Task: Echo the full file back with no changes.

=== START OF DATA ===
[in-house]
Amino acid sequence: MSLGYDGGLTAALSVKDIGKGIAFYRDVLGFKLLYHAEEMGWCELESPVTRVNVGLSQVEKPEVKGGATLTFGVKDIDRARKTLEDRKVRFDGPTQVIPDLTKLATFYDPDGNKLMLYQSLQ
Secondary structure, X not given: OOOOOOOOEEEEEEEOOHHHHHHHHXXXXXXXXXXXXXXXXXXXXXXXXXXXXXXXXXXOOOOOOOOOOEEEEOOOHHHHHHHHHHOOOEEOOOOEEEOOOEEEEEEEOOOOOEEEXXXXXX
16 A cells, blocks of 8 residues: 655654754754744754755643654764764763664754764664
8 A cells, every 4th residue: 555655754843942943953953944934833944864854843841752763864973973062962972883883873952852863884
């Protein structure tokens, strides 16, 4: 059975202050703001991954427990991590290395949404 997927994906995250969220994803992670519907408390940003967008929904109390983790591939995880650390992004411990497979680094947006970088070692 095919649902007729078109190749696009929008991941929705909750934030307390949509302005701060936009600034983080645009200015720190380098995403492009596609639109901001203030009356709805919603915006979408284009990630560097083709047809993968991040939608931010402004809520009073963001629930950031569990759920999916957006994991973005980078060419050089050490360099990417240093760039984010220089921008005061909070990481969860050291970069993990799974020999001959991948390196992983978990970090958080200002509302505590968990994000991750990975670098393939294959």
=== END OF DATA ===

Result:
[in-house]
Amino acid sequence: MSLGYDGGLTAALSVKDIGKGIAFYRDVLGFKLLYHAEEMGWCELESPVTRVNVGLSQVEKPEVKGGATLTFGVKDIDRARKTLEDRKVRFDGPTQVIPDLTKLATFYDPDGNKLMLYQSLQ
Secondary structure, X not given: OOOOOOOOEEEEEEEOOHHHHHHHHXXXXXXXXXXXXXXXXXXXXXXXXXXXXXXXXXXOOOOOOOOOOEEEEOOOHHHHHHHHHHOOOEEOOOOEEEOOOEEEEEEEOOOOOEEEXXXXXX
16 A cells, blocks of 8 residues: 655654754754744754755643654764764763664754764664
8 A cells, every 4th residue: 555655754843942943953953944934833944864854843841752763864973973062962972883883873952852863884
């Protein structure tokens, strides 16, 4: 059975202050703001991954427990991590290395949404 997927994906995250969220994803992670519907408390940003967008929904109390983790591939995880650390992004411990497979680094947006970088070692 095919649902007729078109190749696009929008991941929705909750934030307390949509302005701060936009600034983080645009200015720190380098995403492009596609639109901001203030009356709805919603915006979408284009990630560097083709047809993968991040939608931010402004809520009073963001629930950031569990759920999916957006994991973005980078060419050089050490360099990417240093760039984010220089921008005061909070990481969860050291970069993990799974020999001959991948390196992983978990970090958080200002509302505590968990994000991750990975670098393939294959």